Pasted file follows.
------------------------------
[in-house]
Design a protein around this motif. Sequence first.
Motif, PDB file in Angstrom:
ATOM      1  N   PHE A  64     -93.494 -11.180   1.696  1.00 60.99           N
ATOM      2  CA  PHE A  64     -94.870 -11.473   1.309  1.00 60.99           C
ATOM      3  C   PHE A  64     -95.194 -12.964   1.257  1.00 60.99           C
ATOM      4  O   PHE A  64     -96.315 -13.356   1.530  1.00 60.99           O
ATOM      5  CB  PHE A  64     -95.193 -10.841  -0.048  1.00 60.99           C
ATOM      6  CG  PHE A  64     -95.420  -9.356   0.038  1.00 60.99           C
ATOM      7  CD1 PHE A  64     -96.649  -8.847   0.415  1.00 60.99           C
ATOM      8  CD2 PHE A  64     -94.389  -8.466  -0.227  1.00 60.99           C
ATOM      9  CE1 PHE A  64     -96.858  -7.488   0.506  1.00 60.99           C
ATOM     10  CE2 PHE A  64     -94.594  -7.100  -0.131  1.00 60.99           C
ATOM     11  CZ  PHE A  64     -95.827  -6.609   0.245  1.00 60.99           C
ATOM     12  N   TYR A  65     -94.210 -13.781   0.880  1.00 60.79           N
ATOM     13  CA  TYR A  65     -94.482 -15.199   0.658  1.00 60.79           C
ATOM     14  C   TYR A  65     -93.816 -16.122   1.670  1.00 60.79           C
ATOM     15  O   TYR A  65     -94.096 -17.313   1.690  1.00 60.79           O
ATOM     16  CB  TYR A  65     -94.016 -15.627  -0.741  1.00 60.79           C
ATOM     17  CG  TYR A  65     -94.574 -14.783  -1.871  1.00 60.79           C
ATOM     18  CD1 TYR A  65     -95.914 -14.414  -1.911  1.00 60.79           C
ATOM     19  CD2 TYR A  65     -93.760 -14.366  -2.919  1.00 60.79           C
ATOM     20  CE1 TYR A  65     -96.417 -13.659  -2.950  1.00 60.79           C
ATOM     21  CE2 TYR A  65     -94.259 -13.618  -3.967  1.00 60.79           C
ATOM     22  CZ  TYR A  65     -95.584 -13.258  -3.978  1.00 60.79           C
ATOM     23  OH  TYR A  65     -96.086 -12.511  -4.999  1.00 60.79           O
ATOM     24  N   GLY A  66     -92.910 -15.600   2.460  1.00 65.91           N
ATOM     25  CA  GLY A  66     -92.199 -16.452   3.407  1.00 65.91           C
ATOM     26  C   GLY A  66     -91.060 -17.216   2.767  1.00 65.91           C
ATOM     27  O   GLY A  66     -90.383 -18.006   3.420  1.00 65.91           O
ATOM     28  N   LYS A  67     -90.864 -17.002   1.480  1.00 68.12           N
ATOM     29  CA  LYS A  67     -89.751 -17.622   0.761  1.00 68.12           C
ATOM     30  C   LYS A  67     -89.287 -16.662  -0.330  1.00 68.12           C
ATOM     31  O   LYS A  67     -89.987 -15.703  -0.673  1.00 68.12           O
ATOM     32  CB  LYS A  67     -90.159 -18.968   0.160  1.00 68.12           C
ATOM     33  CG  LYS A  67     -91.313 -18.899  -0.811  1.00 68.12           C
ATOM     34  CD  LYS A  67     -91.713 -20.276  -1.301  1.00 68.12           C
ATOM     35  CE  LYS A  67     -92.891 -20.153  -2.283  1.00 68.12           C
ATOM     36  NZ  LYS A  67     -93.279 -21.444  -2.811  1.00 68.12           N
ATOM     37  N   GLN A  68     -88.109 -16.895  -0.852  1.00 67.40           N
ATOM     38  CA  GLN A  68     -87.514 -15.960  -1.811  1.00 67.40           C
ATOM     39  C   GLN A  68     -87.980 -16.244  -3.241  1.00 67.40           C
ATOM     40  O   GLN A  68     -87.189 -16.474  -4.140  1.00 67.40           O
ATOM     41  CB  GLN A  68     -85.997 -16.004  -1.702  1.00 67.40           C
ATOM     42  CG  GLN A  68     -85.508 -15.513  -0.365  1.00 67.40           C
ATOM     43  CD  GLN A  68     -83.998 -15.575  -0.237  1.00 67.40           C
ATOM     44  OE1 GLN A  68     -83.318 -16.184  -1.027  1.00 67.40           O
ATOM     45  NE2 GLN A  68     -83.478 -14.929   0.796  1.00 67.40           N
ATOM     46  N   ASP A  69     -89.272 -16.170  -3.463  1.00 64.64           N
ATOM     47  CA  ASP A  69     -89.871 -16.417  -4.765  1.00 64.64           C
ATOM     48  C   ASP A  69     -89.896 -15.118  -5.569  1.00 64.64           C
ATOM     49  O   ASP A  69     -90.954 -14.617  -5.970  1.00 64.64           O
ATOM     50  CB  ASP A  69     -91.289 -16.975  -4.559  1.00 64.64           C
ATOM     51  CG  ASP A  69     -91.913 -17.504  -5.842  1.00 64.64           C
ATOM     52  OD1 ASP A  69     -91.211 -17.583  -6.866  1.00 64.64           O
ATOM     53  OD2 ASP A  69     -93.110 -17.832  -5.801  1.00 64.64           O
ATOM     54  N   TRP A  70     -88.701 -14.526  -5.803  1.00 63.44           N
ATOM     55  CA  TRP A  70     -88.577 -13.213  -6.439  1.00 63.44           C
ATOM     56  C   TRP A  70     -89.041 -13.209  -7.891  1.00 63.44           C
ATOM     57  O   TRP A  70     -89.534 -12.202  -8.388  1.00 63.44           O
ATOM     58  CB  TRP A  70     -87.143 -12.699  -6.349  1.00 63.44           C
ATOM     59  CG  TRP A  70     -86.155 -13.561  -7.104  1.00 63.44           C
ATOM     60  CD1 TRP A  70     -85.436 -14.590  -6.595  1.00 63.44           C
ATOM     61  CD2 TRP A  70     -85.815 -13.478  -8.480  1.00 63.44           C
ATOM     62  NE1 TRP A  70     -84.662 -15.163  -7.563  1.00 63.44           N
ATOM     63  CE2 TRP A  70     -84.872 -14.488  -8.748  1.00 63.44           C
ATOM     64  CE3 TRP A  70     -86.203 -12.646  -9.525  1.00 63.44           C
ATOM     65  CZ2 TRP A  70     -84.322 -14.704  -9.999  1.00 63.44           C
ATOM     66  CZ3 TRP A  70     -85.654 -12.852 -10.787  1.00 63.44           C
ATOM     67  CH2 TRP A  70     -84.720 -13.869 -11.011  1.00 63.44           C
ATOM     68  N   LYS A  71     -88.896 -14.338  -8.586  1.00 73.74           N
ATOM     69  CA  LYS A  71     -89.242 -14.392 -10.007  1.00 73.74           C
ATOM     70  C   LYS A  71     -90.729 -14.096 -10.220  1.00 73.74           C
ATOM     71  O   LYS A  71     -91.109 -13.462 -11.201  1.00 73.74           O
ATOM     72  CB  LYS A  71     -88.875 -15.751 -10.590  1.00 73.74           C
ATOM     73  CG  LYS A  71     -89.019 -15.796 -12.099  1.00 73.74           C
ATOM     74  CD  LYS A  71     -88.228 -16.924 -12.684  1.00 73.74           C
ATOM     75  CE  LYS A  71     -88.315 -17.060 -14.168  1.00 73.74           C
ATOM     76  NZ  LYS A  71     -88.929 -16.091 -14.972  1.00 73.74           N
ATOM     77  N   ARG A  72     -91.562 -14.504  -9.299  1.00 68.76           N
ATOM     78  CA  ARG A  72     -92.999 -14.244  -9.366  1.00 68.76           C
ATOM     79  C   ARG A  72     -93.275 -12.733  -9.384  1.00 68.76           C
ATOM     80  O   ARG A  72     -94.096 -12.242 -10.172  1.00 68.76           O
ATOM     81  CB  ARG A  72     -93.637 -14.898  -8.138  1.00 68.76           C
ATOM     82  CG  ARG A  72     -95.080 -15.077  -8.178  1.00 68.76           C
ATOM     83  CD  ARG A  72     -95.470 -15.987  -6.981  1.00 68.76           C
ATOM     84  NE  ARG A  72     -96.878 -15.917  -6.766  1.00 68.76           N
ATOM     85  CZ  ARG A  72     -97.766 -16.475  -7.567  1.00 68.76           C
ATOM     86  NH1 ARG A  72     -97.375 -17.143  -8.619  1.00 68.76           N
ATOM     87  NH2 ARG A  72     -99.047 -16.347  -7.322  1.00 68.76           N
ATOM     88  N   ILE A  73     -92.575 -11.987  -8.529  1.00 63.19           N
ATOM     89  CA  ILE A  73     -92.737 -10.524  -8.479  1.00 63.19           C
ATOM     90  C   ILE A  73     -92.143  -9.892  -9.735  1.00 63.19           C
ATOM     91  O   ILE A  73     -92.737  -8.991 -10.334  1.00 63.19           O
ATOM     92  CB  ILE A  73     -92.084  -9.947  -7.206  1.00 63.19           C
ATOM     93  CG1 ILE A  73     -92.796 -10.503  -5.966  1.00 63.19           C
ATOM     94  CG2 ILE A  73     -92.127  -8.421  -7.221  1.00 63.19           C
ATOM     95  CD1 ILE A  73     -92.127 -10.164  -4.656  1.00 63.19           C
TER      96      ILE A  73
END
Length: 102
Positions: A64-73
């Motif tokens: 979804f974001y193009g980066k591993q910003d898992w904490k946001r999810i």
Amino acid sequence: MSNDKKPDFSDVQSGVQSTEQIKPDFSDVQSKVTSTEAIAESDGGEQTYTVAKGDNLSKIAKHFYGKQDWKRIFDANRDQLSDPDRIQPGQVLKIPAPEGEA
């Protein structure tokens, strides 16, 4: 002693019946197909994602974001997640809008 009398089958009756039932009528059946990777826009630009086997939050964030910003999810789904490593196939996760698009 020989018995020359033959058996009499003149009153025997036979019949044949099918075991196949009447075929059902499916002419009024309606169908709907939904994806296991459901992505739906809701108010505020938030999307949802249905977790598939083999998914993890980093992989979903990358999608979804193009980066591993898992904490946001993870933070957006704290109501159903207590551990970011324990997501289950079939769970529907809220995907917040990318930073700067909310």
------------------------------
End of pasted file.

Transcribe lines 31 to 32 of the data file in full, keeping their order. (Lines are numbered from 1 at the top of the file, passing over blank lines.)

ATOM     28  N   LYS A  67     -90.864 -17.002   1.480  1.00 68.12           N
ATOM     29  CA  LYS A  67     -89.751 -17.622   0.761  1.00 68.12           C